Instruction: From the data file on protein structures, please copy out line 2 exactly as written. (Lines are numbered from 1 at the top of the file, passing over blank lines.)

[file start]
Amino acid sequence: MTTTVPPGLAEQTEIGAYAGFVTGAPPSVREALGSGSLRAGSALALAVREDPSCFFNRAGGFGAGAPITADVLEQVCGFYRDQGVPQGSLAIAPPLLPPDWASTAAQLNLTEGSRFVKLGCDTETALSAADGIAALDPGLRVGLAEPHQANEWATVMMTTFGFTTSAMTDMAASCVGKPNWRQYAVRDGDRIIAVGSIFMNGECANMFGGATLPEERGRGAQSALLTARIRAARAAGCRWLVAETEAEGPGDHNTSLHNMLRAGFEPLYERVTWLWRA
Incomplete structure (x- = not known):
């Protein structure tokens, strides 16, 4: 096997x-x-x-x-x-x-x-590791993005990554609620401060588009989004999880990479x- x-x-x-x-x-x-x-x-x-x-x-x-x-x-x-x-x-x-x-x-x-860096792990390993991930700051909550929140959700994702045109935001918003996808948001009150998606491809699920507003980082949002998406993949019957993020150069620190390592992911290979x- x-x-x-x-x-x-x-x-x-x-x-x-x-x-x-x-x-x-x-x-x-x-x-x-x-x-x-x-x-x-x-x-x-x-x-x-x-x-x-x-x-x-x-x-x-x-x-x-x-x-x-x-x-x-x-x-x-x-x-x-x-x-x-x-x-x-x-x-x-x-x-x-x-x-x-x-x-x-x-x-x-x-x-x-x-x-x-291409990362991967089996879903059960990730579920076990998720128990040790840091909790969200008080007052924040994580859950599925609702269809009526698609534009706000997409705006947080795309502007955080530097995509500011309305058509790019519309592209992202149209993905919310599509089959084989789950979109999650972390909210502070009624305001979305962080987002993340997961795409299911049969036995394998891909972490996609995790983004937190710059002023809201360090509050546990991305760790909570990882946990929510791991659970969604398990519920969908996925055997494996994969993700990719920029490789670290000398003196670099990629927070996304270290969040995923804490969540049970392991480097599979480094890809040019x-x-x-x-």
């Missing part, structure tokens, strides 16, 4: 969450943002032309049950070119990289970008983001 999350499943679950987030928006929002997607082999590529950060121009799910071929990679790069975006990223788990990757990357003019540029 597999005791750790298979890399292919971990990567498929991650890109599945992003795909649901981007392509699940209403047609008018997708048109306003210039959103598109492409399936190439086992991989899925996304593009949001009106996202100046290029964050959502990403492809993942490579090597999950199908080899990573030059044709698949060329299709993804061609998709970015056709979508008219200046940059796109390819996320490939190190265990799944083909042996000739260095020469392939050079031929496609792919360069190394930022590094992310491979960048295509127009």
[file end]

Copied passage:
Incomplete structure (x- = not known):